Ready or not, 2017 is here. And with this fresh year comes an opportunity to think about what we’re doing with all that God has given us.
Let’s pause and talk about stewardship.
“Stewardship” does not seem like a very exciting word, especially because we tend to use it in boring ways, mainly when we’re talking about avoiding debt, raising money for a new roof on the church building, or saving money on new carpet. For many people, the word “stewardship” has come to mean “saving money,” “being frugal,” or “giving money to my church.” But stewardship is a much bigger concept that goes way beyond money and applies to every single area of our lives. And actually, it can be pretty exciting when you think about it.
Because here’s the deal with stewardship. A steward is a royal official, appointed by the king or queen, charged with caring for the kingdom–and perhaps ruling in the monarch’s place–when the ruler is absent. We are stewards in God’s great kingdom. That means we have been given charge of much, with the expectation that we make much of it.
Stewardship means everything belongs to God. God has placed us in positions of responsibility over his creation—and that includes responsibility for specific people and things. But we are not owners; we are charged with care of these people and things on behalf of their rightful owner. The good things in our lives are not ours to ignore, squander, spend, save, cherish, or despise as we will. They are God’s, and they exist for God’s glory.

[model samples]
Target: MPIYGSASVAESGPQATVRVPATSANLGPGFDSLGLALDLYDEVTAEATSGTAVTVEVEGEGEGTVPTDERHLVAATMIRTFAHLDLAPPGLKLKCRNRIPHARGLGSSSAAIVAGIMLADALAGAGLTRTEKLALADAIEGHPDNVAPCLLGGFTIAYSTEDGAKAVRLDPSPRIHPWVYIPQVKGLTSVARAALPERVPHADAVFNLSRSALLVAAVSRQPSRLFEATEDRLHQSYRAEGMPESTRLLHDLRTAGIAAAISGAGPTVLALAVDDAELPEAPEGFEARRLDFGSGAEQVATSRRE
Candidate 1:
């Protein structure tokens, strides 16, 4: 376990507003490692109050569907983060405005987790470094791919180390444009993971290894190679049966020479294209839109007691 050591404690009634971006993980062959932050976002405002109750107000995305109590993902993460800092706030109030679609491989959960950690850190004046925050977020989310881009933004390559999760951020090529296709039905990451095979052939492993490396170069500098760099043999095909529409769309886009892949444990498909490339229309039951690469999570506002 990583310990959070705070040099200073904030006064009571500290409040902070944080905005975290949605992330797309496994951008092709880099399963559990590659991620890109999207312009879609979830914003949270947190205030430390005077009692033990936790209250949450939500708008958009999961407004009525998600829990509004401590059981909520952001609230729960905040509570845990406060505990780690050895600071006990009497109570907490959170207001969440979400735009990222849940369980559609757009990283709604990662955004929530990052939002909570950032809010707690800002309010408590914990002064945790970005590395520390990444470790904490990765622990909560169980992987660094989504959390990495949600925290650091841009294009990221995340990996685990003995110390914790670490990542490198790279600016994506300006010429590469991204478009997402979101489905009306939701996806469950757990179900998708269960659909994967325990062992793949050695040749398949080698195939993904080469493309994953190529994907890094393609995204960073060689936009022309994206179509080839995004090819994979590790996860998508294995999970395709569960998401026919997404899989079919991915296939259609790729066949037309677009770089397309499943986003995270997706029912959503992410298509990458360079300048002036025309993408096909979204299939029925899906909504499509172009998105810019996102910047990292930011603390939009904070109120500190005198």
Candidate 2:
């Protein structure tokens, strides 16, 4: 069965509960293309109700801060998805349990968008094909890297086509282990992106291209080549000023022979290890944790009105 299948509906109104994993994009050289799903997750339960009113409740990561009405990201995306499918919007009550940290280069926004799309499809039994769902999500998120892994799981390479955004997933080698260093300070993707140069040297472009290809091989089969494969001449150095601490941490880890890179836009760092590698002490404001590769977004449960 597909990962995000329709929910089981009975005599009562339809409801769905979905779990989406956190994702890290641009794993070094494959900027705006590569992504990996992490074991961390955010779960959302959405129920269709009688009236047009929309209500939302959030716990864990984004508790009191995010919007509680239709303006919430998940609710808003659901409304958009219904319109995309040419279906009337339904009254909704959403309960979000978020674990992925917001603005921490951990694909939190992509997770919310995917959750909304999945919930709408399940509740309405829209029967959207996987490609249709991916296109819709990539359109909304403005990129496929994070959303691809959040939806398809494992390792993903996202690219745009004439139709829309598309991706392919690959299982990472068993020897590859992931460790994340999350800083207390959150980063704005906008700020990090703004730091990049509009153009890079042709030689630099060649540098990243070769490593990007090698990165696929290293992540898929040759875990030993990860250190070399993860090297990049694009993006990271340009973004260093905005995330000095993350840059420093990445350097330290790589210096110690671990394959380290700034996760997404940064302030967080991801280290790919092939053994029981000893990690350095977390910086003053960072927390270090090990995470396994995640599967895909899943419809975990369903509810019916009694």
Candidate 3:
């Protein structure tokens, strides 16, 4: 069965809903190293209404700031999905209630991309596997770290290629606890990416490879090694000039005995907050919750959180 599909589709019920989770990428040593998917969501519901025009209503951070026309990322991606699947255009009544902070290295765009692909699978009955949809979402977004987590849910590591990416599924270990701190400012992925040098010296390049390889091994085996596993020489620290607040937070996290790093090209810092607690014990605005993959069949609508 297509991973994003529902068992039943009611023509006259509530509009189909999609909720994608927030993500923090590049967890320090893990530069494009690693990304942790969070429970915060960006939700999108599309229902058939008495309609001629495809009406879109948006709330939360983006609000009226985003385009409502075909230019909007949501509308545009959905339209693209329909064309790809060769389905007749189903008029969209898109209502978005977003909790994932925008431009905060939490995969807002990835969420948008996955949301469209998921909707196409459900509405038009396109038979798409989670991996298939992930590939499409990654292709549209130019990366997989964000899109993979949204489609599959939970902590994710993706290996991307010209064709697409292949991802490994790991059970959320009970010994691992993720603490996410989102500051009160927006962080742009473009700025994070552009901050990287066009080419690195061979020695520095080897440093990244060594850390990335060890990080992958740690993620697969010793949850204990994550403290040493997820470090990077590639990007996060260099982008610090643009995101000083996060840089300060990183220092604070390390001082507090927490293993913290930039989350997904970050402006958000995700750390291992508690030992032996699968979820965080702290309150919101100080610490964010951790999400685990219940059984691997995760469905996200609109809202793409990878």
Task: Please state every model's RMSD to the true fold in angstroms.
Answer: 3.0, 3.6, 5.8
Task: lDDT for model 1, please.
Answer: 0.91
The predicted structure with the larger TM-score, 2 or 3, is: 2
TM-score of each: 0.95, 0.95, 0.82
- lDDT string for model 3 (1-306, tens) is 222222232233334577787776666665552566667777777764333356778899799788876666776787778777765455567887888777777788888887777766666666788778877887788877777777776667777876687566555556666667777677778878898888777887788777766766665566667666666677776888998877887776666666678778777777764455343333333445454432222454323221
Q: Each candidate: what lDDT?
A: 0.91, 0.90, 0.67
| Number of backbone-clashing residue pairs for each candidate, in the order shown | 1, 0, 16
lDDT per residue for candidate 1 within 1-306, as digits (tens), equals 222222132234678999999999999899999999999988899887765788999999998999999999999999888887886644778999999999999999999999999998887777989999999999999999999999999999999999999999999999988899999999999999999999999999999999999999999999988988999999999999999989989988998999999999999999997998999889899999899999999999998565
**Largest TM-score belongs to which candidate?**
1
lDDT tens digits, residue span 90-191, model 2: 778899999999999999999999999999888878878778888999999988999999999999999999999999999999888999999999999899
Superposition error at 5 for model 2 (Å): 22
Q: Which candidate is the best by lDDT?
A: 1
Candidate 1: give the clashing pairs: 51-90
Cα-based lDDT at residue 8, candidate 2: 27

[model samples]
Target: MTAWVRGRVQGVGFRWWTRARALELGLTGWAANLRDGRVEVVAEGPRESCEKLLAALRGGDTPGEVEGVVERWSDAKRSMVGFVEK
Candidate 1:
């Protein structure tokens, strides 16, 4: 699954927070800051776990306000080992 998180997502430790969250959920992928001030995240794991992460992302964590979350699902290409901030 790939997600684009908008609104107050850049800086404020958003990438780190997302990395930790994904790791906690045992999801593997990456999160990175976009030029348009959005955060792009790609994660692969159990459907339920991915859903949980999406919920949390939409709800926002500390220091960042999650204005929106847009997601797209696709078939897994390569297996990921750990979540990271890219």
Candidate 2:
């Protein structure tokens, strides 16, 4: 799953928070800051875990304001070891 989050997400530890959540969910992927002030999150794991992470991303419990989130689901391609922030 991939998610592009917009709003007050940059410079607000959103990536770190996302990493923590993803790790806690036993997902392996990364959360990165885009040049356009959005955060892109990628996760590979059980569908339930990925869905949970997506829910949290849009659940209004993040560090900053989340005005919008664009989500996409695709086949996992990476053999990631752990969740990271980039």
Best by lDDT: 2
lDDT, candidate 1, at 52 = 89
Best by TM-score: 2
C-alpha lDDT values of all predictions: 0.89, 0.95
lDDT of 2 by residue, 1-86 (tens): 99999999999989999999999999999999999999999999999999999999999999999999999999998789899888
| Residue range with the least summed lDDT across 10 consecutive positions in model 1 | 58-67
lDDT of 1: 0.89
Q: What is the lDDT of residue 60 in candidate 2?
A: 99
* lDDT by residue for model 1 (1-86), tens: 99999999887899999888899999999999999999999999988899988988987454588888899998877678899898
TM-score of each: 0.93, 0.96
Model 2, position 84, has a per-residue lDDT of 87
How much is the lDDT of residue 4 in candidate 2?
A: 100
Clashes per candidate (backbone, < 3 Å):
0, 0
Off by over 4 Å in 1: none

God has entrusted you with material goods, spiritual gifts, talents and abilities, relationships, opportunities, and experiences so you will take good care of them, encourage their potential, grow in faith and faithfulness, worship God with what he has given you, and ultimately bring him greater glory on earth. But it’s not just what you have that God has given you. It’s also who you are. You are charged with stewardship of your personality, story of faith, heritage, temperament, culture, and training, and the dreams God has placed in your heart.
If you’re a Christian, you may sometimes believe that understanding yourself and honoring your own inclinations is selfish or self-indulgent and at odds with the idea of denying yourself to follow Christ. But various Scriptures (like Psalm 139:15-16; Ephesians 2:10; Romans 8:28; Romans 12:4-8; and 1 Corinthians 12:12-31) show us that God has intentionally made you unique and assigned you a role in his family. The lives of biblical people like Moses, Esther, Ruth, Paul, and Timothy show us that God has made each of us on purpose and by design. Denying yourself means giving up the right to serve yourself with what God has given you, offering all these things to God instead–not denying or devaluing what he has placed within you.
Part of being a good steward means recognizing who you are and why God made you and placed you where and when he did. It is honoring the gifts God has given you, your personality, genetics, spiritual gifts, and heritage. All these parts of who are are can help you answer the question, What are you here for?
So what are you here for this year? What will it mean for you to make the most of what God has given you, and who he has made you, for the sake of his kingdom? What will you do with you in 2017?
© 2017 Amy Simpson.